One thing I’m sure about is that we create a lot of trash. Although we recycle just about anything we can, I find myself with a lot of plastic bottle caps, straws and miscellaneous packaging wrappers that I don’t want to throw them away. Often I put them in my bag of props for our trash activity or the bird beak relay. These props then double as a visual when I’m talking about the 4 or 5 R’s.

It is difficult to be thrifty and resourceful without coming off as cheap, but I feel that as long as you put thought into your materials and keep them in line with the message of High Trails, they become just as effective, if not more so, than something you could pick up at a store. And you save some green.

Friday, February 22, 2013

Two types of Change

According to the Keep America Beautiful website, Americans generate 251.3 million tons of garbage per year. Where does all of this trash end up? Fifty-five percent gets buried in landfills, 33% gets recycled, and 12.5% goes to incinerators (1). 
It’s easy to see a fact like this and think, ‘that’s staggering…we should do something about it.’ But the real question is what, and how? And will you stay commited to that change in an hour or a week when that staggering fact fades away? Most of my decisions in the last 10 years to be more environmentally friendly, have been gradual habits that form overtime through strong meditation and staying inspired by the emotions that initiated the will to change. Yesterday, however, while talking to Amil about the sustainability of the food we were eating, I realized that there are several types of Change.
My method is very passive, and reactive. I think, we waste so much water, I’m going to react by putting a bucket in the shower to collect the cold water while it warms up for my shower. Or, Oh no, they gave me a napkin…I should use this napkin to the fullest extent possible to make it worthwhile for killing a tree.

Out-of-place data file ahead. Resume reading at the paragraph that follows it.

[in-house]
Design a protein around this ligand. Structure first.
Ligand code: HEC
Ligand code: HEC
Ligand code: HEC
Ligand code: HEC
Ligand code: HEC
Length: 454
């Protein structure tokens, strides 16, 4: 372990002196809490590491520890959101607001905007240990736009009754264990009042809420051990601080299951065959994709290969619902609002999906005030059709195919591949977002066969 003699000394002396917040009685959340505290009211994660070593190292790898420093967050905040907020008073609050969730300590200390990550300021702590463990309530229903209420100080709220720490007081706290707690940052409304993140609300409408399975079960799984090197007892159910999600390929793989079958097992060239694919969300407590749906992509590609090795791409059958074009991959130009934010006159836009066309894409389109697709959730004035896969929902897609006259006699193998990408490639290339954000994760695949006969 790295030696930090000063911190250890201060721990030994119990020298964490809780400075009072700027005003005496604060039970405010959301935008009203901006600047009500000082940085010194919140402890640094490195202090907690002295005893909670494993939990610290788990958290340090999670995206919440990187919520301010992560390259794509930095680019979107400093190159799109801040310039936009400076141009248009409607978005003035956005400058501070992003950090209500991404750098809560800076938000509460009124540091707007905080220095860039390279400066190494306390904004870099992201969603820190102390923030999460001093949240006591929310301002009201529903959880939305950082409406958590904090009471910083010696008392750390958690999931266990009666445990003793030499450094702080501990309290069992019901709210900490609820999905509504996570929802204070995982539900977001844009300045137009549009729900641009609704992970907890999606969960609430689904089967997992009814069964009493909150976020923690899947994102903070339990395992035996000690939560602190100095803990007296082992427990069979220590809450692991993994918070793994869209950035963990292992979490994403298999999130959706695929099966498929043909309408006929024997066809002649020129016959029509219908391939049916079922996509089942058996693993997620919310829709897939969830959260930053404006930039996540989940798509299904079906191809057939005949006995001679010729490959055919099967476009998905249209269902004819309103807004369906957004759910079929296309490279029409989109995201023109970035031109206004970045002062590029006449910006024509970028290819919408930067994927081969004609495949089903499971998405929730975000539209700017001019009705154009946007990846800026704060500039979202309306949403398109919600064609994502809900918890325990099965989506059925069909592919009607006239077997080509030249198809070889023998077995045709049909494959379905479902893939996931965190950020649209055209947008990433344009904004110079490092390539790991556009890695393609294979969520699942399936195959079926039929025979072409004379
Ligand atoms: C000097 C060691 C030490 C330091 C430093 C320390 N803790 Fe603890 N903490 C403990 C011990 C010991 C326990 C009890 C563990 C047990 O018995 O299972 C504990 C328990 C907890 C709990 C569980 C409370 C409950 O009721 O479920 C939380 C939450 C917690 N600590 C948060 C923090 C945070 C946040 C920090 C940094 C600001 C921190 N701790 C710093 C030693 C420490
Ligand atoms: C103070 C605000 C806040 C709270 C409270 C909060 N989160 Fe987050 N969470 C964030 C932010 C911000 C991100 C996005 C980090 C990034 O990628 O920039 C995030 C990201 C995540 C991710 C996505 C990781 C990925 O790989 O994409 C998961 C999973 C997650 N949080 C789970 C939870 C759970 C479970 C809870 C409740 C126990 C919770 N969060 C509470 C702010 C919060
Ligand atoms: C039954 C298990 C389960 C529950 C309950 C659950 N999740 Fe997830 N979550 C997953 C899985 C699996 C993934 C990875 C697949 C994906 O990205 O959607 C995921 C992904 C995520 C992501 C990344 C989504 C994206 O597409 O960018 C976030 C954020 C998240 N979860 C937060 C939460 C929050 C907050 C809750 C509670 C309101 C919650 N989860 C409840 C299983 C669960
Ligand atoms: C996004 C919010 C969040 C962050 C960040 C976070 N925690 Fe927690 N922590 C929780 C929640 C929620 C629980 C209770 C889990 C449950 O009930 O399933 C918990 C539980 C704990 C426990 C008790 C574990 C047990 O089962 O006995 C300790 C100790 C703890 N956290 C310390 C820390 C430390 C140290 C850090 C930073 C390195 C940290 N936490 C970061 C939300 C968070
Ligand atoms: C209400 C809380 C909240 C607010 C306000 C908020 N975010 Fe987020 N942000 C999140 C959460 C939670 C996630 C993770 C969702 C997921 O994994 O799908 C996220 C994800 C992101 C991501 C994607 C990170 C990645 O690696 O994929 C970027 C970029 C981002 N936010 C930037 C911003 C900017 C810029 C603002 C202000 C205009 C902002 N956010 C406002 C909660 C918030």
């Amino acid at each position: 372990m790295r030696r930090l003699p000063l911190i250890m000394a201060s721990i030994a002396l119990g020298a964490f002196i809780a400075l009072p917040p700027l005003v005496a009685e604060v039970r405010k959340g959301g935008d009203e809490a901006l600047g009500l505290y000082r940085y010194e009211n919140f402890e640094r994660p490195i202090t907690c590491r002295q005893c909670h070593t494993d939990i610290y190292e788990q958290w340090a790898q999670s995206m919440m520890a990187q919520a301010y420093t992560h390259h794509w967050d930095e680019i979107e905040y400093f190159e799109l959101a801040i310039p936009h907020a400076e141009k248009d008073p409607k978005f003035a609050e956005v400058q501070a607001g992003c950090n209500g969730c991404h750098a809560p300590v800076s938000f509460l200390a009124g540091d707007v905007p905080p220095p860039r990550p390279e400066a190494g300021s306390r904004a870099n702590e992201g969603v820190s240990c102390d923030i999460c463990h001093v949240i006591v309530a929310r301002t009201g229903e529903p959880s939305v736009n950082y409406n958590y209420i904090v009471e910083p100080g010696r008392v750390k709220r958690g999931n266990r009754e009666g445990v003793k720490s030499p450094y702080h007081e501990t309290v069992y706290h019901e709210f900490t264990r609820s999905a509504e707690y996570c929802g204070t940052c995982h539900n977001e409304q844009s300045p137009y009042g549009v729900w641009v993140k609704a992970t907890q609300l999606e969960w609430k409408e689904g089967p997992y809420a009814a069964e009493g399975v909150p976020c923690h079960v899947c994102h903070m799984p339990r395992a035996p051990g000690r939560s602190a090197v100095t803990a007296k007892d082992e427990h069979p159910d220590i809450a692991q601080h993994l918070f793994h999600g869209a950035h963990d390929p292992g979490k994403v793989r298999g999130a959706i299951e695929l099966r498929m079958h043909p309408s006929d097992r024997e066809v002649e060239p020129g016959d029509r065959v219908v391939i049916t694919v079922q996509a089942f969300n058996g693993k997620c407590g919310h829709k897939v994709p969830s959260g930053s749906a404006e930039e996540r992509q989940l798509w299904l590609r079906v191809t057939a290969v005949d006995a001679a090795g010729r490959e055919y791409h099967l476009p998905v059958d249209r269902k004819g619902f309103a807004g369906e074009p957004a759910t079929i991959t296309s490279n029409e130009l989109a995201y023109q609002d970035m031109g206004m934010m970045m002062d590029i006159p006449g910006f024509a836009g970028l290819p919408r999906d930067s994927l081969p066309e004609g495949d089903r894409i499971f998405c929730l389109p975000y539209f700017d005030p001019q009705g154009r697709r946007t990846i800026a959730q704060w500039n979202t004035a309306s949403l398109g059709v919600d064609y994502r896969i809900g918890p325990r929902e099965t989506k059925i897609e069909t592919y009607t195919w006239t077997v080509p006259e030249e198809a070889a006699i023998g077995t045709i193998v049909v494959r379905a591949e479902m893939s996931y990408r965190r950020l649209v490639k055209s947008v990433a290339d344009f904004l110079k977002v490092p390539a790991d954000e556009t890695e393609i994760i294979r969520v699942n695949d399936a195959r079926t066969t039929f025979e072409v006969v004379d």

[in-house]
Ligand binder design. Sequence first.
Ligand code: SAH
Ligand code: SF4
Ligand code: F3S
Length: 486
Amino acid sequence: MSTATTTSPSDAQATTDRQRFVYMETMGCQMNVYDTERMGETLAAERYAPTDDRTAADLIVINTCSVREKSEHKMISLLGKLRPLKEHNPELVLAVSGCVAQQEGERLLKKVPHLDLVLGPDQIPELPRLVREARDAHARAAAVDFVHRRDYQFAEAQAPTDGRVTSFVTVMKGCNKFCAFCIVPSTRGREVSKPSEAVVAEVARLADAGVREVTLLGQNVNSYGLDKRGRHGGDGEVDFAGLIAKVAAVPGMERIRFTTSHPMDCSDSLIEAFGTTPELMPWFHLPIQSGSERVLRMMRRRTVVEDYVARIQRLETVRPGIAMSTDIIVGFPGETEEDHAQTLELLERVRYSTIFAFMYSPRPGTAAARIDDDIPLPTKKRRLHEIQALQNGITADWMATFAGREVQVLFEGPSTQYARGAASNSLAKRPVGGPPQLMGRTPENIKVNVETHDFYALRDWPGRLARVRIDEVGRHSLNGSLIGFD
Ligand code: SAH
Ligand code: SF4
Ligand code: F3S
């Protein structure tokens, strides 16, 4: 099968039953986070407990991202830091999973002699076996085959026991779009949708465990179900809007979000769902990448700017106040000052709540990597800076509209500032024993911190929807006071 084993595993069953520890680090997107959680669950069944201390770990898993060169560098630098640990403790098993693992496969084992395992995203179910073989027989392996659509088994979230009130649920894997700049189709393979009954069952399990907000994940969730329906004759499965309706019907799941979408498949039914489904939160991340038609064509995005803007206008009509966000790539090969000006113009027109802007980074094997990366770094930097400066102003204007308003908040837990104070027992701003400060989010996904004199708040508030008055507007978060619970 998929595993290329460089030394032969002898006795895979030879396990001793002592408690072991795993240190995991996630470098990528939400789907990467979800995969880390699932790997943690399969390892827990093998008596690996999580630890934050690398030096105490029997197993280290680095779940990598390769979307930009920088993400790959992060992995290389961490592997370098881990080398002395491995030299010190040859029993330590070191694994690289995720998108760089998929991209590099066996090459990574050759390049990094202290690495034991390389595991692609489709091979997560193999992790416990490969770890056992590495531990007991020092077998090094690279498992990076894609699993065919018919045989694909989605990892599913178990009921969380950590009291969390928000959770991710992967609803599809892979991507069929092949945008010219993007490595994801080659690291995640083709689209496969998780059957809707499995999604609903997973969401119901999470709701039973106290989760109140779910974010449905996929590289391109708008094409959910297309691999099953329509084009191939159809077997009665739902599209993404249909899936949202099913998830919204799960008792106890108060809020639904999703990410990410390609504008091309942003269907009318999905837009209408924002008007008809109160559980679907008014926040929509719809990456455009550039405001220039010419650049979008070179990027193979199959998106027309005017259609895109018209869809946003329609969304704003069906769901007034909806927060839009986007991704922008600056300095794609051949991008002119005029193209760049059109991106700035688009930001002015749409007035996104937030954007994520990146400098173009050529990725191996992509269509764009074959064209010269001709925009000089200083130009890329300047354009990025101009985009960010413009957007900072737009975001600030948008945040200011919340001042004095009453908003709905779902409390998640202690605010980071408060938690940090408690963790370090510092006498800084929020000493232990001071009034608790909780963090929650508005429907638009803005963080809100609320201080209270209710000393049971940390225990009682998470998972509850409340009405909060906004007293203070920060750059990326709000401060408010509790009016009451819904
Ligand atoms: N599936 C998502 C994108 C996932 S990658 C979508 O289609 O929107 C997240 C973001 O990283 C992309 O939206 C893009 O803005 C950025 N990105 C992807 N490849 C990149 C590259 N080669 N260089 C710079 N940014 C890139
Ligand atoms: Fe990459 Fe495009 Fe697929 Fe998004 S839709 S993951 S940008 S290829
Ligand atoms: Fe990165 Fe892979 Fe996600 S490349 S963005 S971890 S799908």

In the last week or so, Amil has challenged this way of reacting. Instead of thinking, “man, I’m really enjoying this warm shower…I’m going to take the energy from this warm shower to do some good,” as I had been doing, he uses the water straight out of the shower in a very efficient way. He has cut out the use of paper products, giving back napkins and straws. He is making change through proactive decisions. I guess there was a time that I did that, but admittedly, I have been unconsciously sucked into the pleasures of convenience.
With my new intentions for change, and my current travels, I have developed some doctrines for consuming less while traveling.
How to consume less while traveling. 
Bring your own mug, silverware, Tupperware. It might seems like a lot to pack in a bag and carry around, but then you have a bag to put all the books you find, or the fun stuff you gather from free boxes…and, replacing paper coffee cup with a reusable coffee mug each day would save you 23 pounds of waste a year (2).
It’s lovely to support local economies, but do so sustainably… Watch for a while before you order food or goodies. In addition to choosing the most sustainable meatless local option, ask to dine in, without any doilies or garnishes such as paper plate liners. If you’re at a real trendy place, they might be able to serve you on your own plate. Wouldn’t it be great if the whole world were like camping—bring your own, eat all you’ve got, carry out your own trash…?
Of course…the most sustainable option is not to travel, to live under a rock and eat the bugs that crawl under there, etc…but then we’re not sharing, growing, and being stewards of the earth.
1-      Trash Facts, the Artula Institute,